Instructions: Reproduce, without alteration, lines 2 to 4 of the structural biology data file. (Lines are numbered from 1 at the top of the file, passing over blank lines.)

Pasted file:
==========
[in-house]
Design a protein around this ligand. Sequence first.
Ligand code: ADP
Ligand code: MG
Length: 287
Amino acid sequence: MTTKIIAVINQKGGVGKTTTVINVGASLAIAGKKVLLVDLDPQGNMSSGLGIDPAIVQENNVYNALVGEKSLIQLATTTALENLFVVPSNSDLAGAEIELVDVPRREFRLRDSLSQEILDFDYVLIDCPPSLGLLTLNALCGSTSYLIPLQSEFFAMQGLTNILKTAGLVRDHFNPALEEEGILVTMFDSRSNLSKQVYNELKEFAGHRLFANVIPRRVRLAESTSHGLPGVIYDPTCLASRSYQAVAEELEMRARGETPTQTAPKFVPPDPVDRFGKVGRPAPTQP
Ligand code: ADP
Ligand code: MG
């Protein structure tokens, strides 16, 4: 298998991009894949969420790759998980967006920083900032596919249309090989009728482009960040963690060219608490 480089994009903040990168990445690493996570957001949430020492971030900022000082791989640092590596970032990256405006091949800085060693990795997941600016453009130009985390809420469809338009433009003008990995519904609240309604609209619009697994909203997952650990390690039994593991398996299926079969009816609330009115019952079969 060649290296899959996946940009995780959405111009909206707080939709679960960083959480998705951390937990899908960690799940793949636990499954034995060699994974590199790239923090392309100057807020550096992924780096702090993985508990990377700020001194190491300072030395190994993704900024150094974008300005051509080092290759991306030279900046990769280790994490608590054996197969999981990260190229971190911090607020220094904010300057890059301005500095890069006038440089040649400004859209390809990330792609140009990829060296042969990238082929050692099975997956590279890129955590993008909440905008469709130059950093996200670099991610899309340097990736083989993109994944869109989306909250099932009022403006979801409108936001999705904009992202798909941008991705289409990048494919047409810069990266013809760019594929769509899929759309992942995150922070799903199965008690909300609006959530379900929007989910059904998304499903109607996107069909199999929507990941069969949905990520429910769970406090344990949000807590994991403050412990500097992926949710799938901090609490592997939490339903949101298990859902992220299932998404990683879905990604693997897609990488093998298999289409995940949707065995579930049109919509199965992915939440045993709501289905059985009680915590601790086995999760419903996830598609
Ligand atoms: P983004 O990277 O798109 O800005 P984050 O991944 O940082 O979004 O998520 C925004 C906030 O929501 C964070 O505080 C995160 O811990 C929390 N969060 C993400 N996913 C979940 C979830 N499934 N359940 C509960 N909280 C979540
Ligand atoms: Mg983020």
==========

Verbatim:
Design a protein around this ligand. Sequence first.
Ligand code: ADP
Ligand code: MG